A meeting between a delegation of officials from various market committees and the govt fails to produce any result
With no solution emerging to the ongoing crisis in Nashik district, the Agriculture Produce Market Committee (APMC) at Lasalgaon has started the process for issuing fresh trading licences under the new norms declared by the government. The step was taken after traders surrendered their licences to the market committee following the recent strike across mandis in Maharashtra.
A meeting of a delegation of officials of various market committees in Nashik district with the agriculture and marketing minister, cooperation minister and revenue minister of the state did not produce any results. Therefore, the Lasalgaon APMC has sought to issue new licences and invited traders to participate in the process, Jaydutta Holkar, chairman, Lasalgaon APMC, said. Lasalgaon is considered to be Asia’s largest wholesale market for onion.
Around 450-odd traders returned their licences to the market committee in Lasalgaon and another 2,000 traders in the other 20-odd market committees also surrendered their licences. Holkar said that other market committees may also follow Lasalgaon and float advertisements for new licences. Even if we get 50 traders who are willing to do trade as per the new norms, we shall resume trading at Lasalgaon, he said.
Onion auctions at Lasalgaon APMC have come to a standstill with traders expressing dissatisfaction over the outcome of talks with the government during the recent strike by APMC traders across Maharashtra. The government is expected to come out with a new notification on August 6.
In 2015-16, around 40,73,213 quintals of commodities such as onion, vegetables, grains and oilseeds were auctioned. The annual turnover of the APMC in Lasalgaon alone comes up to R600-700 crore.
Onion traders have surrendered their licences and stopped trading in APMCs since July 9 in protest against the government’s decision to delist fruits and vegetables from APMC Act and also levy commission on traders, instead of farmers.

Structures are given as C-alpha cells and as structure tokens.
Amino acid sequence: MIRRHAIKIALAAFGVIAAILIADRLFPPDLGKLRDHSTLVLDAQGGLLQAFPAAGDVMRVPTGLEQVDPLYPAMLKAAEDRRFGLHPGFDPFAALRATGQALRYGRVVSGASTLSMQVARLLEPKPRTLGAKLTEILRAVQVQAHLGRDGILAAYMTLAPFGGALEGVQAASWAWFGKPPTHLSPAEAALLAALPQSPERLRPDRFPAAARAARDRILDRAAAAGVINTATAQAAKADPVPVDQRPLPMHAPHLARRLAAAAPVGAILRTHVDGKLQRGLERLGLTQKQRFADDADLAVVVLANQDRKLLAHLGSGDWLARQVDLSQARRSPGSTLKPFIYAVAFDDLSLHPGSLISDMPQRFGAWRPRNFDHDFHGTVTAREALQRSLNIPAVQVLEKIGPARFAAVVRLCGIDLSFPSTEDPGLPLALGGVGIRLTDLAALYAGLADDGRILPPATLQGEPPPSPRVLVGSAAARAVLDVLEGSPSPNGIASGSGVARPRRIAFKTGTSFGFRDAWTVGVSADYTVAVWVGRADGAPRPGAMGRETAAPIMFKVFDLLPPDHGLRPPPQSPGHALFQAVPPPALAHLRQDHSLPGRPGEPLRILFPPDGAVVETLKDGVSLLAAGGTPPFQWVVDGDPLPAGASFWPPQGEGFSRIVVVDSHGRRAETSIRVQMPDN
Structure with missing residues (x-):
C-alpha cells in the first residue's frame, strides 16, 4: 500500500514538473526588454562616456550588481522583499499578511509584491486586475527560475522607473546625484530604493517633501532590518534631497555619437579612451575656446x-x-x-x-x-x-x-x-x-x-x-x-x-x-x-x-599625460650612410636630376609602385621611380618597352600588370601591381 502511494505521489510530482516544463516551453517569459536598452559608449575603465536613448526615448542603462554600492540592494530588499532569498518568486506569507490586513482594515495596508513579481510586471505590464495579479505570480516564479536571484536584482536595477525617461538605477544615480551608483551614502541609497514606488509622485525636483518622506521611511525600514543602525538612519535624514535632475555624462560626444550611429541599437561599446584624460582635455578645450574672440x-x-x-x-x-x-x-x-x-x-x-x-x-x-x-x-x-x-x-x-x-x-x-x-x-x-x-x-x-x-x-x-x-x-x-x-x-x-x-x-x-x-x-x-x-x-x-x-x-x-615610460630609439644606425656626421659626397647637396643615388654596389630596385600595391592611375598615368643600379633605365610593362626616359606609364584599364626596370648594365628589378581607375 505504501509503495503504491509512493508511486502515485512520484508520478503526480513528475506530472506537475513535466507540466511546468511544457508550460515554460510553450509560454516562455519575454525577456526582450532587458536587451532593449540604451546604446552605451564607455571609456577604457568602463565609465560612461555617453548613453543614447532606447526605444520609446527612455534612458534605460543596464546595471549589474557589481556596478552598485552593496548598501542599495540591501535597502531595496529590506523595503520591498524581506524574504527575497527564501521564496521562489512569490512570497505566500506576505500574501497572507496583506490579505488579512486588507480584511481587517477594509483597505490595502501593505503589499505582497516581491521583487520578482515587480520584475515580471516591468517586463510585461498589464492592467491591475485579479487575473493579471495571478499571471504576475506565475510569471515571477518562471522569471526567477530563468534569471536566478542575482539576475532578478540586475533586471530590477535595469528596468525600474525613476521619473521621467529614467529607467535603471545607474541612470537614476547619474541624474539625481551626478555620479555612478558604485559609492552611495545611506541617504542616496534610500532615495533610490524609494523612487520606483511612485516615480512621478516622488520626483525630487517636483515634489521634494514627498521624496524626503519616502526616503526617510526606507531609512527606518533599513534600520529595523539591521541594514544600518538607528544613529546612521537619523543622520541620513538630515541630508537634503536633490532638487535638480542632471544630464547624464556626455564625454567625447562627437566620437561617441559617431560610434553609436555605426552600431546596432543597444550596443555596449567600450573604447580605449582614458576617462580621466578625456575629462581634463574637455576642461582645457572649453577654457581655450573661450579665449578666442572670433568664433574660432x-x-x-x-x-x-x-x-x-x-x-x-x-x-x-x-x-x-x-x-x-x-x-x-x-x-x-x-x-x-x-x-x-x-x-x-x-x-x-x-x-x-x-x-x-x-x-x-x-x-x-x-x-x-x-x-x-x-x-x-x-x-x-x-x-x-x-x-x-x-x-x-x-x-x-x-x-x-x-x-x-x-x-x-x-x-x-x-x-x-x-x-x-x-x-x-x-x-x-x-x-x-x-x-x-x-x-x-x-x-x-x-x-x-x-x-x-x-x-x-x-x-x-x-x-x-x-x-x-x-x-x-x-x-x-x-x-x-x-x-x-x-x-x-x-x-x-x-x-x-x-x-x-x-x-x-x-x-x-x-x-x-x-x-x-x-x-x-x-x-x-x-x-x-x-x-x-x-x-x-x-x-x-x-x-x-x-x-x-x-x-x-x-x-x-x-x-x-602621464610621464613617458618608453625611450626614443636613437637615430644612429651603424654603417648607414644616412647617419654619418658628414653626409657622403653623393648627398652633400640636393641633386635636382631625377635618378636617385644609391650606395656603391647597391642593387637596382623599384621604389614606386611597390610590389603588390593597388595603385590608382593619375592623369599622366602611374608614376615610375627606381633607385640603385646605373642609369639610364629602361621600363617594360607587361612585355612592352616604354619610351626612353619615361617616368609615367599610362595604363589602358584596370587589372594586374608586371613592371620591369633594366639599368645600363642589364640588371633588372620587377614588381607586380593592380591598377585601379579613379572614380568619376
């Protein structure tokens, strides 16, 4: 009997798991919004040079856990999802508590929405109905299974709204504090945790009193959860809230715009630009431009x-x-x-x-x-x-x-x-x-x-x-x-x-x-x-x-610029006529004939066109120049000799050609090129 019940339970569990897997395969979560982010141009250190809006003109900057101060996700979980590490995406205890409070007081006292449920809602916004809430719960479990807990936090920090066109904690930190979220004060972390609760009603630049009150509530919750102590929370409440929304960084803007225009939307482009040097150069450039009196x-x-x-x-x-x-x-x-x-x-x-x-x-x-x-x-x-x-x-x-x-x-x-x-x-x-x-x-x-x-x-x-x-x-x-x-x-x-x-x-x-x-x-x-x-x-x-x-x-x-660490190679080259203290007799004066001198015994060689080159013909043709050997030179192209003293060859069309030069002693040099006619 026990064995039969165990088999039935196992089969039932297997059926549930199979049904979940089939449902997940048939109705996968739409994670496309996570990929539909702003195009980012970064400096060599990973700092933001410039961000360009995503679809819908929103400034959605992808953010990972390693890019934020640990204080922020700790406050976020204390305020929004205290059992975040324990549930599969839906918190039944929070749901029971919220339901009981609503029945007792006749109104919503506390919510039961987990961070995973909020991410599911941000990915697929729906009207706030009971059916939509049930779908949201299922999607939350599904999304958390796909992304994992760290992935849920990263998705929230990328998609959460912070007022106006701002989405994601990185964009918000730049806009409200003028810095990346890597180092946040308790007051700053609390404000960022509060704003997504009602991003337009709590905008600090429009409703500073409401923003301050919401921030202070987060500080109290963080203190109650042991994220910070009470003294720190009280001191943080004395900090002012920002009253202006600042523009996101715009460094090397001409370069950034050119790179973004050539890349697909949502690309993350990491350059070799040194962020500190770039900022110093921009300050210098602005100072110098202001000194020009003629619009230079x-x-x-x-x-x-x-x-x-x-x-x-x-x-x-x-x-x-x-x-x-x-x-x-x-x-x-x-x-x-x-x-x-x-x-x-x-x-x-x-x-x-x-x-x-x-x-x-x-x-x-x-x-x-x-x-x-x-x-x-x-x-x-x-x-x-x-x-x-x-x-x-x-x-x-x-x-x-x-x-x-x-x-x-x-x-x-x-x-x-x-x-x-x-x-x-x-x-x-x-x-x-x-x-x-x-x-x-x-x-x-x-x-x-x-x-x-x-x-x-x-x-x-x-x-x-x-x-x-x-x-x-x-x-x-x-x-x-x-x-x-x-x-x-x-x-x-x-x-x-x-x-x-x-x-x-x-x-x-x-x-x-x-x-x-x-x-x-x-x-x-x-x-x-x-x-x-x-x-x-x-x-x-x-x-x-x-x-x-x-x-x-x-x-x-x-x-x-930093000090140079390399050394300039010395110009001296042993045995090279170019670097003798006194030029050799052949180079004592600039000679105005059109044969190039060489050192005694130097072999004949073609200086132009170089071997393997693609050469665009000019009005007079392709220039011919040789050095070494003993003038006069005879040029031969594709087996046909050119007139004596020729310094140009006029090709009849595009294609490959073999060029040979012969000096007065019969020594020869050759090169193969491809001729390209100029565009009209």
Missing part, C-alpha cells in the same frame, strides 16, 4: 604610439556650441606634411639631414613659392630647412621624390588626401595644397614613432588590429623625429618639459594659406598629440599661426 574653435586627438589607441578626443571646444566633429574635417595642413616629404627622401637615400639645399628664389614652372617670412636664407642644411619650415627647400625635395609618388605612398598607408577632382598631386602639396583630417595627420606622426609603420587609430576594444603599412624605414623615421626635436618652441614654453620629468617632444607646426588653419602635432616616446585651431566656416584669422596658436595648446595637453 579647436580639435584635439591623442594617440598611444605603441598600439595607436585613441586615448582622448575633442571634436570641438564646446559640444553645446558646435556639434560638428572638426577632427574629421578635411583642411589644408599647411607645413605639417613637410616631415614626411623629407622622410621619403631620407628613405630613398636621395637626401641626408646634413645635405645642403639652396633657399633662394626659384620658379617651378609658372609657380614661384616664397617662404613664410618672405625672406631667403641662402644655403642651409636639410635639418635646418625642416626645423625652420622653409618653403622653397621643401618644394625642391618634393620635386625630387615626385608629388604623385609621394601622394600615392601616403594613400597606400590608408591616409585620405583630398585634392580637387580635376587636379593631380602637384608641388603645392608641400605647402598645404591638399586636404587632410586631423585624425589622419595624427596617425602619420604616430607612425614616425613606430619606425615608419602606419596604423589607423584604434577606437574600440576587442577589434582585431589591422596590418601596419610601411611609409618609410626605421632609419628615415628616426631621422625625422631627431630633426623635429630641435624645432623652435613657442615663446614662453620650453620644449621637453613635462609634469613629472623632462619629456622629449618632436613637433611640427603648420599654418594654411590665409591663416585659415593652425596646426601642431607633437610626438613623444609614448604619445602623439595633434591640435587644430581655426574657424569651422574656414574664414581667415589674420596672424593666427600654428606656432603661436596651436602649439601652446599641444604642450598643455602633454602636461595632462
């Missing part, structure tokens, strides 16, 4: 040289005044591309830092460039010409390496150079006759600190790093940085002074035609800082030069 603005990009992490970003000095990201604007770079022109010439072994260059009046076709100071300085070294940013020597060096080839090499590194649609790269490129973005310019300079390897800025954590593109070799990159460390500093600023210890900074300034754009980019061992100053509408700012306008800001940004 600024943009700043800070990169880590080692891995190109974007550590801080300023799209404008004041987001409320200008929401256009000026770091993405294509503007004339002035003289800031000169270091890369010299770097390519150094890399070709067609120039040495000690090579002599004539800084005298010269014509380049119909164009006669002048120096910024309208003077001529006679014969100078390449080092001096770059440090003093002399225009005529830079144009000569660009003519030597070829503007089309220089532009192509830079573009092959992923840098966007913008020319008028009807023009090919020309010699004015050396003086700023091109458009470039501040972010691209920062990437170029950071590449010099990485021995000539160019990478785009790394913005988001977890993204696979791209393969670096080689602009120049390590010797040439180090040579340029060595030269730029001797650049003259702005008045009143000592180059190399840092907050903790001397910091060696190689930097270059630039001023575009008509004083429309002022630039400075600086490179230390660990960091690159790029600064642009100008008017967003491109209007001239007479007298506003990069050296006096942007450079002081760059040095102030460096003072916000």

According to Sohanlal Bhandari, president, Nashik District Onion Traders Association, the association had no objection if the market committee floated new advertisements for new licenses. “However, I do no believe there will be much response to the advertisement,” he said. The district association has some 2,500 odd traders and Bhandari said his association members would not participate in the new licence process.
Nandkumar Daga, president, Lasalgaon Onion Merchants Association, said that the government was free to take these steps since the traders had decided to stay away from the APMC. The whole issue is about the commission amount, he said. The imposition of several taxes, market cess, maintenance and other charges, doing business inside the APMCs is 6% more expensive for traders,” Daga said.
There are also big exporters at Lasalgaon. Lasalgaon has created a base in the market. and sets trends for onion prices across the country. Maharashtra shares 40% of total onion production in the country.
Nashik contributes 80% to the total onion production of the state.
Meanwhile, according to the latest report issued by the National Horticultural Research Development Foundation (NHRDF), the farmer sentiment to grow kharif onion is quite low due to low market price of onion; delay in onset of rains in kharif onion producing areas of country, complacency of state governments towards kharif onion due to current glut like situation being faced by them.
Generally, around one lakh hectares area comes under kharif onion in Maharashtra. In 2015-16, it was about 35000 hectares because of the drought. During the current kharif seas on 2016-17, till date onion seed for about 10000 hectares has been purchased by the farmers from different sources from the markets. Sowing of seed began after the onset of rains in Maharashtra.
Even after good rains during the last 15 days in Maharashtra, farmers are staying away from onion crop due to low prices prevailing in the markets.